Food and drink events Best of NH Party Thursday, June 15 Northeast Delta Dental Stadium, 1 Line Drive in Manchester The annual Best of NH Party is a tasting event that celebrates New Hampshire Magazine’s readers’ poll and editor’s pick winners. More than 60 booths will have award-winning food and beverages and there is also live music and entertainment. Rock’n Ribfest Friday, June 16 through Sunday, June 18 Anheuser-Busch Brewery, Merrimack

Hampton Beach Seafood Festival Friday, Sept. 8 through Sunday, Sept. 10 Hampton Beach on Ocean Boulevard in Hampton The only place you’ll find fresher seafood and more variety is in the ocean itself! This festival features 60 of the Seacoast’s top restaurants serving everything from fried clams to lobster along with landlubber fare like BBQ ribs, onion blossoms and desserts. Craft vendors, music and fireworks add to this not-tomiss event. ❂

HAMPTON BEACHHNew Hampshire Summer Happiness...

at the #1 rated U.S.A. Super Star Beach!


Super star rating: National Resources Defense Council "Testing the Waters: A Guide to Water Quality at Vacation Beaches" top 100 beaches water quality & safety. Hampton Beach in top 5 beaches & top 10 resorts in USA.

• Over 100 Free Nightly Concerts • 18 Spectacular Fireworks Displays Every Wed. Night & Holidays • World Class 17th Annual Master Sand Sculpting Classic $15,000 in prizes, June 15-16-17 • Volleyball Tournaments June-July-August • Children’s Festival, Aug. 14-18 • Talent Competition, Aug. 25-26-27 • Seafood Festival, Sept. 8-9-10

For FREE Travel Guide or to view our Beach Cam, visit 2015


• 35


Monday night:

Family-friendly movies


pproximately 2.5 million visitors will walk the sands of Hampton Beach this summer. What’s the appeal of this particular stretch of Atlantic Ocean coastline? Hampton’s magic is a combination of sand, surf, and a bustling boardwalk scene that is filled with fun, excitement, and plenty of free things to do. Most locals say summer just isn’t complete without a trip to Hampton Beach. Make this the summer your family finds out why.

Free for All Hampton Beach knows how to show beach-goers a good time. Its pristine sandy beach always seems to have enough room for everyone’s blanket and beach umbrella. Lifeguards are on duty. Bathhouses are plentiful. And even on the busiest of days, there will be a parking spot waiting for you (even if takes a little patience to find). And there’s more. After a day in the sun, head to the Seashell Stage to take in a free concert held weekend evenings and select weeknights throughout the summer. On Monday nights, check out the free family-friendly movie; a free fireworks display lights up the night sky every Wednesday on the beach. Another fun freebie for families is the oversized public playground located right on the beach. (Look for it as Route 1A crosses G Street.) It is fenced in for safety, and it has a sandy bottom for soft landings and plenty of fun equipment to keep kids busy. Also free of charge is the Hampton Beach Children’s Festival, held this year from Aug. 14 to 18. It’s a week filled with games and activities for kids of all ages, culminating in a giant costumed children’s parade on Friday, Aug. 18.


36 •


Creative fun:

200 tons of imported sand is transformed into art at the annual Sand Sculpting Competition.

Boardwalk Fun Route 1A/Ocean Boulevard slices an almost straight line through Hampton Beach. On the east side of the road is sand and surf, and on the west side, it’s all about the boardwalk. Here you will find wall-to-wall souvenir shops, arcades, ice cream parlors, hotels, restaurants and the famous Hampton Beach Casino Ballroom concert venue, as well as the Casino Waterslide and a miniature golf course. If you can’t resist the scent of fried dough that seems to waft everywhere along the boardwalk, you can track down its source to the guilty pleasure that is Blink's Fry Doe, where the toppings for the gooey treat include pizza sauce, cheese, rainbow sprinkles, and, yes, traditional powered sugar. If your trip to the beach just isn’t complete without salt water taffy, know that the sticky sweets are waiting for you at Mrs. Mitchell’s Gifts, where the boxes of taffy, covered with images of Hampton Beach landmarks, are souvenirs all by themselves.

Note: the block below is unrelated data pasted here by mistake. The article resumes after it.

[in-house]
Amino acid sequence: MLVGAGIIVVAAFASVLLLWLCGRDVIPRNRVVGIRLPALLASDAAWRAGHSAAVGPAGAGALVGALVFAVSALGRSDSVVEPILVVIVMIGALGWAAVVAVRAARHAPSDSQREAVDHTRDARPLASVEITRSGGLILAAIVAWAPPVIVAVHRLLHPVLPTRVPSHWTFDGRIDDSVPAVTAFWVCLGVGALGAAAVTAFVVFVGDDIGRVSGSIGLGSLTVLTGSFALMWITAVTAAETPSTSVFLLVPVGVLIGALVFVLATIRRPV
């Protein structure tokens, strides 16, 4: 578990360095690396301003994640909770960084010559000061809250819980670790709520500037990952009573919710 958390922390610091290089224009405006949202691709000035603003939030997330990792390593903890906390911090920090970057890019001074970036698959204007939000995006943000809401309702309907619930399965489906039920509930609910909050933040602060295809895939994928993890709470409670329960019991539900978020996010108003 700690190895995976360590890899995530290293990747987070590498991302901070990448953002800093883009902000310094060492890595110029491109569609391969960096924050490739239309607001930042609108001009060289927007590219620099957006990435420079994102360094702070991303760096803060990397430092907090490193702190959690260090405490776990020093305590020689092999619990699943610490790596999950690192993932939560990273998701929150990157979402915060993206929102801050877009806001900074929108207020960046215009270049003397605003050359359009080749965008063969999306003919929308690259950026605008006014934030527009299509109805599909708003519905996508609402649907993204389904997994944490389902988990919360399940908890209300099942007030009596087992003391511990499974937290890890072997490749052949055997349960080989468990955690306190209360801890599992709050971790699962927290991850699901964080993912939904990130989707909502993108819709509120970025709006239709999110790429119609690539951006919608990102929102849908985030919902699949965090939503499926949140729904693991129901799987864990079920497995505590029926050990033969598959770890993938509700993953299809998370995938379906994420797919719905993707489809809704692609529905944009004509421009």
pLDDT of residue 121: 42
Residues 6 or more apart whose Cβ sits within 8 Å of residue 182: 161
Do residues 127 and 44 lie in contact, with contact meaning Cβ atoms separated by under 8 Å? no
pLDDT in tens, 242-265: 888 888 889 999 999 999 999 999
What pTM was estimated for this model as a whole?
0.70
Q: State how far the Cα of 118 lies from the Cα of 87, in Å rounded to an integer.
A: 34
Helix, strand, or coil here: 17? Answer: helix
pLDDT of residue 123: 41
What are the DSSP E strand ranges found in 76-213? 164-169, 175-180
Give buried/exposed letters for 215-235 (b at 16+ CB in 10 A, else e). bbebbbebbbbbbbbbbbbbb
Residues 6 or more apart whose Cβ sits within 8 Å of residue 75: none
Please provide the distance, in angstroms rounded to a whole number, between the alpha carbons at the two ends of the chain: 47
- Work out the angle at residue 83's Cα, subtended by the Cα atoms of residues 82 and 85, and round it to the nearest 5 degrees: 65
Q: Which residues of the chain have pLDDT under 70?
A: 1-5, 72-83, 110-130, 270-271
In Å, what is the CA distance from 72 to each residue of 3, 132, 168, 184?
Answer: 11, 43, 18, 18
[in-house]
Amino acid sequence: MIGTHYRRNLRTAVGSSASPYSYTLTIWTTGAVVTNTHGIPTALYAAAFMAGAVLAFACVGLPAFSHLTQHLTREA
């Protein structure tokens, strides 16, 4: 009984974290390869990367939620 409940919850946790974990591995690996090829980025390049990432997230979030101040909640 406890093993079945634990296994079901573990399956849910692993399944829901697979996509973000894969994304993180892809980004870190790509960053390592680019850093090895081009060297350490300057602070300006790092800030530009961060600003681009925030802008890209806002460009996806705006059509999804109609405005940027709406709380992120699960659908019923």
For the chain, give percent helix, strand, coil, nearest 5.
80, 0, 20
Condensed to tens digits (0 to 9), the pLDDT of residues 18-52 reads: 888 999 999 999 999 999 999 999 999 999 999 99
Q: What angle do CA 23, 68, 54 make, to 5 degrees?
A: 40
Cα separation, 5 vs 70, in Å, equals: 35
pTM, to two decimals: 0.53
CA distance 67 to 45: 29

Beyond the Boardwalk – Along the Coast The true magic of Hampton Beach may be that despite all the people who flock here in summer, a day at the beach doesn’t need to be filled with hustle and bustle. As you move up the coast along 1A, the crowds thin out, giving Hampton’s North Beach a low-key atmosphere. With fewer people, the open water

has become a magnet for surfers. Don’t own a board? No problem. Right across the street from the beach entrance is Cinnamon Rainbows, a surf shop that offers board rentals and surf boarding lessons all summer long. Other beaches to check out include North Hampton State Park, Jenness Beach, and Wallis Sands Beach in Rye, a family favorite with grassy picnic area, park store, lifeguards, deluxe bathhouse with hot showers, and a parking lot that can accommodate up to 500 cars. If you are hungry, stop by The Beach Plum in North Hampton, a favorite seafood shack and ice cream stand that’s a popular spot for local families and visitors alike. Look for it on the left just before reaching North Hampton State Park. Beach day a washout? Head to Odiorne State Park on Route 1A in Rye to visit the Seacoast Science Center, a learning center filled with live aquatic exhibits, hands-on learning about the Gulf of Maine environment, and a marine touch tank that can keep kids occupied for hours. Outside, explore Odiorne’s mysterious tide pools and rocky shoreline. It can feel a world away from Hampton Beach, but in reality, it’s just a few miles up the road. ❂